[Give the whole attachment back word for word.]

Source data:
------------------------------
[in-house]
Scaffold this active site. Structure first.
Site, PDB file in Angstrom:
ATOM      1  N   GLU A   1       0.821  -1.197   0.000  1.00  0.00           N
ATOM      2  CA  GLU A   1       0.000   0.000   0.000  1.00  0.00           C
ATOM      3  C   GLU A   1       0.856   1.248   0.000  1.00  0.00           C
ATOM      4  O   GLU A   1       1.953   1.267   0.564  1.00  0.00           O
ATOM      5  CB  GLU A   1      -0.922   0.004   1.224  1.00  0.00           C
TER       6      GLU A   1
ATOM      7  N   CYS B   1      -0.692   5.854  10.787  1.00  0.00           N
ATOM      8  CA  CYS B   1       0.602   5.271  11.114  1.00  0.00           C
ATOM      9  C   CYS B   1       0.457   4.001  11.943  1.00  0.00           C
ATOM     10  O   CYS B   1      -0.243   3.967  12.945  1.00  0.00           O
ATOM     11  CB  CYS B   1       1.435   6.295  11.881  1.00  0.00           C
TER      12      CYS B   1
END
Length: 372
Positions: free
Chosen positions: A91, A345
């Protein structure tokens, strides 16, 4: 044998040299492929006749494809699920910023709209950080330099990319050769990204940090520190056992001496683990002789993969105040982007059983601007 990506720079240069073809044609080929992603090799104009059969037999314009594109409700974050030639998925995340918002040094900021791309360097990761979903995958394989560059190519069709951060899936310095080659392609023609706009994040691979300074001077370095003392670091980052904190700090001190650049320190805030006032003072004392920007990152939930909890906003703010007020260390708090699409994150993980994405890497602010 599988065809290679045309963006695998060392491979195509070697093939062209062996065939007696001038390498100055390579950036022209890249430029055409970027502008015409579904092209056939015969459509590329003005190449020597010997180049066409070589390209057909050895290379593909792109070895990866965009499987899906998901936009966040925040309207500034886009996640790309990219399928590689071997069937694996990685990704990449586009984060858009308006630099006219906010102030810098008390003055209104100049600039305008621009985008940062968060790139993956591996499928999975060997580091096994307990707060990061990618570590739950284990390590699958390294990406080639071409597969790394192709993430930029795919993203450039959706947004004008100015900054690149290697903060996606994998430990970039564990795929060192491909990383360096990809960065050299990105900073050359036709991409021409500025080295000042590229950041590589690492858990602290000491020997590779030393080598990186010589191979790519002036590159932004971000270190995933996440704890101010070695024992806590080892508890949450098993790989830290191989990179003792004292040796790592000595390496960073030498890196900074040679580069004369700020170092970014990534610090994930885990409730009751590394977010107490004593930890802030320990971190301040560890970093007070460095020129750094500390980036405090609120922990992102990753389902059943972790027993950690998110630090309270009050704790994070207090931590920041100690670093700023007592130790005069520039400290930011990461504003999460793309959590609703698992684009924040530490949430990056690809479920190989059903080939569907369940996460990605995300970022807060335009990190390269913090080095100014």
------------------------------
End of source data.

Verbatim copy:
[in-house]
Scaffold this active site. Structure first.
Site, PDB file in Angstrom:
ATOM      1  N   GLU A   1       0.821  -1.197   0.000  1.00  0.00           N
ATOM      2  CA  GLU A   1       0.000   0.000   0.000  1.00  0.00           C
ATOM      3  C   GLU A   1       0.856   1.248   0.000  1.00  0.00           C
ATOM      4  O   GLU A   1       1.953   1.267   0.564  1.00  0.00           O
ATOM      5  CB  GLU A   1      -0.922   0.004   1.224  1.00  0.00           C
TER       6      GLU A   1
ATOM      7  N   CYS B   1      -0.692   5.854  10.787  1.00  0.00           N
ATOM      8  CA  CYS B   1       0.602   5.271  11.114  1.00  0.00           C
ATOM      9  C   CYS B   1       0.457   4.001  11.943  1.00  0.00           C
ATOM     10  O   CYS B   1      -0.243   3.967  12.945  1.00  0.00           O
ATOM     11  CB  CYS B   1       1.435   6.295  11.881  1.00  0.00           C
TER      12      CYS B   1
END
Length: 372
Positions: free
Chosen positions: A91, A345
């Protein structure tokens, strides 16, 4: 044998040299492929006749494809699920910023709209950080330099990319050769990204940090520190056992001496683990002789993969105040982007059983601007 990506720079240069073809044609080929992603090799104009059969037999314009594109409700974050030639998925995340918002040094900021791309360097990761979903995958394989560059190519069709951060899936310095080659392609023609706009994040691979300074001077370095003392670091980052904190700090001190650049320190805030006032003072004392920007990152939930909890906003703010007020260390708090699409994150993980994405890497602010 599988065809290679045309963006695998060392491979195509070697093939062209062996065939007696001038390498100055390579950036022209890249430029055409970027502008015409579904092209056939015969459509590329003005190449020597010997180049066409070589390209057909050895290379593909792109070895990866965009499987899906998901936009966040925040309207500034886009996640790309990219399928590689071997069937694996990685990704990449586009984060858009308006630099006219906010102030810098008390003055209104100049600039305008621009985008940062968060790139993956591996499928999975060997580091096994307990707060990061990618570590739950284990390590699958390294990406080639071409597969790394192709993430930029795919993203450039959706947004004008100015900054690149290697903060996606994998430990970039564990795929060192491909990383360096990809960065050299990105900073050359036709991409021409500025080295000042590229950041590589690492858990602290000491020997590779030393080598990186010589191979790519002036590159932004971000270190995933996440704890101010070695024992806590080892508890949450098993790989830290191989990179003792004292040796790592000595390496960073030498890196900074040679580069004369700020170092970014990534610090994930885990409730009751590394977010107490004593930890802030320990971190301040560890970093007070460095020129750094500390980036405090609120922990992102990753389902059943972790027993950690998110630090309270009050704790994070207090931590920041100690670093700023007592130790005069520039400290930011990461504003999460793309959590609703698992684009924040530490949430990056690809479920190989059903080939569907369940996460990605995300970022807060335009990190390269913090080095100014």